Wednesday, August 27, 2014

Forget Gilligan's Island---This Was a 6 Hour Tour!

I received an e-mail today from a very frustrated timeshare owner who wanted my help in getting out of a timeshare purchase, long after the rescission period.


Here's a snippet of the e-mail in question:

Thank you for responding so fast.  There are many reasons why I want out of this contract.  I pay $156 a month for 8000 points biannually. Plus $670 in maintenance fees every year.  This adds up to $5,084 every two years.  When I use my points for a vacation all I get is 3 nights in a two bedroom condo at NAME OF RESORT REDACTED FOR PRIVACY PURPOSES.  This is a total rip off and I can get far better deals at much nicer resorts for this kind of money.  I am never able to book anything because it is always full.  I was also given an option for what they call bonus time.  This is another scam because you can only book a room 45 days in advance using bonus time so there is no availability.  They gave me a tour of the presidential suite and said I would be able to use it any time.  Yea right,  this unit is booked up for the next year and in order to use it it would take 32,000 points so that would be six years worth of points for just 3 nights.  It is impossible to use your bonus time because the suite is rented out for the next year and you can only book bonus time 45 days in advance.  I am so frustrated and don't know what to do. I went there for my 30th birthday party and that's when I sat through their 6 hour presentation and I made the mistake of being talked into it.  They were feeding me alcohol at the meeting and even took me to the liquor store in the facility to buy me more beer while in the 6 hour meeting.  I feel I was taken advantage of.  Please Help!!!! This is ruining my life.
Wow...just wow.  So, where to begin:
1)  this person is being charged $670 annually in maintenance fees for a biennial timeshare
2)  the sales presentation lasted 6 hours
3)  there was alcohol being consumed during the sales presentation
And this is in addition to not paying attention to the financial numbers nor the point numbers during the presentation.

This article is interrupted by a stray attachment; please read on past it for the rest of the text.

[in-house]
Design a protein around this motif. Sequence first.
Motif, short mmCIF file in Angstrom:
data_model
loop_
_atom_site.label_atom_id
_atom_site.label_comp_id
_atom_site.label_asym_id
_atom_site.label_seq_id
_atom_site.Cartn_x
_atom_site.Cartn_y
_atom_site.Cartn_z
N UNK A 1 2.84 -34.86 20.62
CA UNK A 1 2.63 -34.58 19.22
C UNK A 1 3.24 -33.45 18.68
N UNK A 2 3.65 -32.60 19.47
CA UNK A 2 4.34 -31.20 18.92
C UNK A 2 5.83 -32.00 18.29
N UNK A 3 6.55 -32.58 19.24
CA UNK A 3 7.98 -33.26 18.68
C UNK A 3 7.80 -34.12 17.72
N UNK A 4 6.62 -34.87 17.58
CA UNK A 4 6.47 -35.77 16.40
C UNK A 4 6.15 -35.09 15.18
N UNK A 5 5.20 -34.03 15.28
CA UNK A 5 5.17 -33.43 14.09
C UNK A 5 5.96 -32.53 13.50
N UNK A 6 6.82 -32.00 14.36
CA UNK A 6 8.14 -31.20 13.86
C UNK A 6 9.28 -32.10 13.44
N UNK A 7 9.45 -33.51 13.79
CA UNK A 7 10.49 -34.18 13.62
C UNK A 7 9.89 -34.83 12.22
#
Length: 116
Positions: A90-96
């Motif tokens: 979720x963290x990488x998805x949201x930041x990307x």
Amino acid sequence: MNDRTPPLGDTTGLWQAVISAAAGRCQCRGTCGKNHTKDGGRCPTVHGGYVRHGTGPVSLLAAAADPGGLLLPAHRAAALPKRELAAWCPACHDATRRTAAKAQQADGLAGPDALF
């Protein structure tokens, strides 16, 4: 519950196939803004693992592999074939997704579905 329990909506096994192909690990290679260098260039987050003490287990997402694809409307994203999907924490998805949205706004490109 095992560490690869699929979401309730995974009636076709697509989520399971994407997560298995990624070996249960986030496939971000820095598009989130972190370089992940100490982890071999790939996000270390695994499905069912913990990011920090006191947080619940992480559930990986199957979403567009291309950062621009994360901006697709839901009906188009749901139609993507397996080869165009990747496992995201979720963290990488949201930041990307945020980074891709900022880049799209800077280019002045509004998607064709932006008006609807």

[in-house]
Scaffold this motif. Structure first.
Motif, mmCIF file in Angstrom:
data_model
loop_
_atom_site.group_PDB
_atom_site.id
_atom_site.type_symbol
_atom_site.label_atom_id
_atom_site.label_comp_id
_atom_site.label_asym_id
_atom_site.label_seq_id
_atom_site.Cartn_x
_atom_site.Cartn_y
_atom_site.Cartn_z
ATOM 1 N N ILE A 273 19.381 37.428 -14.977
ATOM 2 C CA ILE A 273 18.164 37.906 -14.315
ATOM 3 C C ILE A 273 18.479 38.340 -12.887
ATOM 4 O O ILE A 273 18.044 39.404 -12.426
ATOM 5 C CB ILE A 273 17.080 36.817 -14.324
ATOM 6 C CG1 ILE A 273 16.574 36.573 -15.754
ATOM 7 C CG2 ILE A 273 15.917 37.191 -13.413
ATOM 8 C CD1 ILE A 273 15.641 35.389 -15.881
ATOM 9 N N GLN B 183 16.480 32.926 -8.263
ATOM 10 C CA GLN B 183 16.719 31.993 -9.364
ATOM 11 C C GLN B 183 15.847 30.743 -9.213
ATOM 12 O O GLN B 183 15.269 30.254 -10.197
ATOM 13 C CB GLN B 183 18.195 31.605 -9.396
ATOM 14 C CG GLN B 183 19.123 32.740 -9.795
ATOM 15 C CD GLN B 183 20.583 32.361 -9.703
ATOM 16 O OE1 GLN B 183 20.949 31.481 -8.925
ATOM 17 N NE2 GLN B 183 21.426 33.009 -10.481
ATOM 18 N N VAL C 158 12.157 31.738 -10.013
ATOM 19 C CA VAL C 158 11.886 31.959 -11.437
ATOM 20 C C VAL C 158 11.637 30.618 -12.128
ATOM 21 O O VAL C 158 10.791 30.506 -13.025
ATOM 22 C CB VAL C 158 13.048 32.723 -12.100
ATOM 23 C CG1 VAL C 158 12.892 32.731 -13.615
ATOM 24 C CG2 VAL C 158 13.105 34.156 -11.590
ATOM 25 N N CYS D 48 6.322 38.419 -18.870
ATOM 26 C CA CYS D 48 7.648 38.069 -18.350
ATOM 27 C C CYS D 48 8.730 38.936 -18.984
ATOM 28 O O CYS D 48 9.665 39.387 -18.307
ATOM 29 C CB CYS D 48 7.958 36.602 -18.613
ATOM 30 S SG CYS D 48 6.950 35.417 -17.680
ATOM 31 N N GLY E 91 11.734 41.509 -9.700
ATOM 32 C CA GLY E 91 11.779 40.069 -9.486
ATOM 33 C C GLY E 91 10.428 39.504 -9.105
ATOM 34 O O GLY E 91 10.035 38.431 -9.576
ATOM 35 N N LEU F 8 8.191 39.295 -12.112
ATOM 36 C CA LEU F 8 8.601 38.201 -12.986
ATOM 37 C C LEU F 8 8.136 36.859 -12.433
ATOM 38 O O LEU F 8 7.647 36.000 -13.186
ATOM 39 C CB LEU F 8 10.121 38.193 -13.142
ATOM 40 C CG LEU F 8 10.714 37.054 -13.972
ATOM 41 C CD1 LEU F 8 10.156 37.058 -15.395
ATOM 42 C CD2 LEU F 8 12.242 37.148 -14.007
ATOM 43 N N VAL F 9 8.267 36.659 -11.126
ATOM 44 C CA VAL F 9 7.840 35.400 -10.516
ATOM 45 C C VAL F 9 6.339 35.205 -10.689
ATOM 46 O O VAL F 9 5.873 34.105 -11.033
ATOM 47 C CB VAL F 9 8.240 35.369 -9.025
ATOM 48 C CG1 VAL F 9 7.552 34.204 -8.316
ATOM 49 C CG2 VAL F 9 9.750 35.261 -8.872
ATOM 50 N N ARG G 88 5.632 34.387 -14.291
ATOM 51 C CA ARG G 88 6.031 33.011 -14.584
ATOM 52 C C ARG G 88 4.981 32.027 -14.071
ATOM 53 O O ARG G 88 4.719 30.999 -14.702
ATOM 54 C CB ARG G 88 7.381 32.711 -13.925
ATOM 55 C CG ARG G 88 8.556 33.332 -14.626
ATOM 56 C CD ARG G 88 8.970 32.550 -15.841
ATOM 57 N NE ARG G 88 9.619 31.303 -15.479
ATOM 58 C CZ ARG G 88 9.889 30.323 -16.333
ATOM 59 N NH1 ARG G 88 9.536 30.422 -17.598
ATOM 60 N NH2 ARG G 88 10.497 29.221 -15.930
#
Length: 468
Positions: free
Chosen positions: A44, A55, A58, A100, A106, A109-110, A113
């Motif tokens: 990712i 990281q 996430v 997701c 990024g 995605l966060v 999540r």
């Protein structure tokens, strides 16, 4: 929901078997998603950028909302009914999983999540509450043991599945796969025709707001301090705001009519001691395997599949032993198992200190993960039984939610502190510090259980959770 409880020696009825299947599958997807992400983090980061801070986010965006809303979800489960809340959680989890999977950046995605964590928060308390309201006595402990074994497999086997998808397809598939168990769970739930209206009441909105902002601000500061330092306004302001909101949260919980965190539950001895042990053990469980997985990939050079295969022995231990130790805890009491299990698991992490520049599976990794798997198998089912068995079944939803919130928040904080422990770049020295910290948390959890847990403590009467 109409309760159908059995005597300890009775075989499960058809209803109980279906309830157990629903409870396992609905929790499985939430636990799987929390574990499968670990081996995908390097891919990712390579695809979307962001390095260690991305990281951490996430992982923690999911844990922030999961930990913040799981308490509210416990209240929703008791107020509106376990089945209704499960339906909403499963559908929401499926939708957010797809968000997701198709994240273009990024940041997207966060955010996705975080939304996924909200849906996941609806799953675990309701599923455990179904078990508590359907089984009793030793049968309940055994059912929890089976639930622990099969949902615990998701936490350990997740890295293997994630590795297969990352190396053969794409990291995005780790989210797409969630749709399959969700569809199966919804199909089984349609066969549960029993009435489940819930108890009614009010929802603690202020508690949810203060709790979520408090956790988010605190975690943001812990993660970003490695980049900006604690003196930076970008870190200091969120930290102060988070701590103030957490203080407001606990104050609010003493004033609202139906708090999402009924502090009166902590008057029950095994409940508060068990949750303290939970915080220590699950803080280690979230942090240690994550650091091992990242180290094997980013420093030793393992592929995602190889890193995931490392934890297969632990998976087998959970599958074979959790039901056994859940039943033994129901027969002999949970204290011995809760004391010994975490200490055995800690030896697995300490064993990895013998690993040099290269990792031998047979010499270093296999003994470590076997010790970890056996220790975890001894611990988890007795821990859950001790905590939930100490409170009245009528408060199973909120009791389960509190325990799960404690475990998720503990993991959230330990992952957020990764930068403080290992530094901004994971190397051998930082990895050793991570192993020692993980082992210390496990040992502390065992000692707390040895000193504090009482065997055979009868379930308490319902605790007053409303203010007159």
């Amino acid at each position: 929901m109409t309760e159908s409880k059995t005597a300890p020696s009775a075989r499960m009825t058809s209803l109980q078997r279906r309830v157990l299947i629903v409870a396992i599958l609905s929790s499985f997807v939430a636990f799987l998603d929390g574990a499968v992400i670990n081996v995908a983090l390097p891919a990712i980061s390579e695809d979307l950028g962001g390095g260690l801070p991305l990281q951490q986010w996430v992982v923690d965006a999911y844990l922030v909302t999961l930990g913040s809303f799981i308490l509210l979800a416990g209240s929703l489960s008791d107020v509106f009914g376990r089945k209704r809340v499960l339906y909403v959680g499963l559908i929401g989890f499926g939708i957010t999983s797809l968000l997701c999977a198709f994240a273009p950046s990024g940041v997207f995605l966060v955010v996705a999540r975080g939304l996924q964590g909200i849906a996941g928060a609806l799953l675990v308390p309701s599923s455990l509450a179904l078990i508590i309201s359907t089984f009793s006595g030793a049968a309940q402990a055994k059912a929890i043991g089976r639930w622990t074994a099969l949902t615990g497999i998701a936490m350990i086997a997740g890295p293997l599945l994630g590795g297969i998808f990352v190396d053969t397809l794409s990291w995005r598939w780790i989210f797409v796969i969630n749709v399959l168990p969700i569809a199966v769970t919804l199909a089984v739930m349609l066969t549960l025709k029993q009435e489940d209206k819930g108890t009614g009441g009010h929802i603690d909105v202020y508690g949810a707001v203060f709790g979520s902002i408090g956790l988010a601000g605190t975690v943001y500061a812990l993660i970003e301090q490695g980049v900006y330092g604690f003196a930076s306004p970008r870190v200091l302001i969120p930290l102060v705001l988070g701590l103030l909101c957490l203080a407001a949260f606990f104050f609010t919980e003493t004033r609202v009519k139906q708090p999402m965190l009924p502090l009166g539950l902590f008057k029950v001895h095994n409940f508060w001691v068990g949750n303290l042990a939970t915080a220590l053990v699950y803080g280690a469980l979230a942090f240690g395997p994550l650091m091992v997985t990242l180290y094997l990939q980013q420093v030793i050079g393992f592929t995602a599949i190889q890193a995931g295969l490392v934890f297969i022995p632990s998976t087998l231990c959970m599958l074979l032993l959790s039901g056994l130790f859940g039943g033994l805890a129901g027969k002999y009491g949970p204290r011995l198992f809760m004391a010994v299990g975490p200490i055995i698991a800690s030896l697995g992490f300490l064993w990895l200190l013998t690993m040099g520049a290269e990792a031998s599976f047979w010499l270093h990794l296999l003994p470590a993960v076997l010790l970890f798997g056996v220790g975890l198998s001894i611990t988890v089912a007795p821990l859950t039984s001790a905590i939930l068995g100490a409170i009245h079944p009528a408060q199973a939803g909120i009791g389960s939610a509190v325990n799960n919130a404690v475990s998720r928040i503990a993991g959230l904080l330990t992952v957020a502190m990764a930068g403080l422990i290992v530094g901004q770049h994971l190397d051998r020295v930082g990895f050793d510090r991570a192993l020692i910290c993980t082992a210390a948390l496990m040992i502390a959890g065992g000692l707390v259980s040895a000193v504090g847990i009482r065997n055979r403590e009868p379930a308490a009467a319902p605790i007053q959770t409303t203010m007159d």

Some facts this person should have known:
1)  the average maintenance fee is around $845 annually for an annual timeshare
2)  sales presentations lasting more than 3 hours are a sure sign of too much pressure
3)  alcohol should not be consumed during any sales exceptions
Make no mistake...if everything the owner is telling me is true, there is absolutely no room for this behavior on the part of the resort sales personnel.  This has to stop.
But you also have to wonder if this owner had done even a modicum of research and had a basic understanding of what timeshare and timeshare sales pitches are all about prior to attending if he'd be in this situation.

Wednesday, August 20, 2014

Consumers Have The Power and Need To Claim Responsibility

I received an e-mail last week asking for my help.  Here's a bit of that e-mail:

I am a student working odd jobs.  I received a letter from a timeshare resort indicating i am qualified to receive a gift certificate for two to stay in Williamsburg Plantation.Condition was 90 minutes presentation. I did not know I was qualified for buying timeshare.  I saw three salespersons and one sales manager all offering me to buy a timeshare.  My credit is not good and I can not afford the payment.  I would like to know if there are there any requirement? Or timeshare is legal fraud?  I need answer and I will complaint to Attorney General that why contract is not written in simple language.

Anyone who is familiar with my writing knows that I think the present day marketing and sales techniques that are routinely used in the timeshare industry need to change.  Without knowing details, I'd venture a guess that this client did NOT match the criteria of the average timeshare owner in the US, regardless of whatever low "qualifications" the resort's marketing company set up.

And no contract, timeshare or other is written in simple language...which I think is wrong also, but that is not going to change.

BUT, to ask if timeshare is "legal fraud" and to complain to me and the AG about the fact that this person bought a timeshare knowing full well he couldn't afford it, strikes me as irresponsible behavior.

Regardless of the marketing techniques, regardless of how many salespersons are used, regardless of how long the pitch takes, no one has ever had a gun to their head and been forced to buy timeshare.  No one.

This person, and every person has two ultimate powers:  1)  the power to accept or decline any gift offered in exchange for attending a pitch and 2)  the power to get up and walk out of said pitch.

To that I would also add that no one other than YOU can determine if you can afford to pay for a timeshare, a phone, a pair of jeans or a computer.  ONLY YOU.

Do things have to change in timeshareland?  YES.  Do consumers have to start taking back some of their power and claim some responsibility?  YES.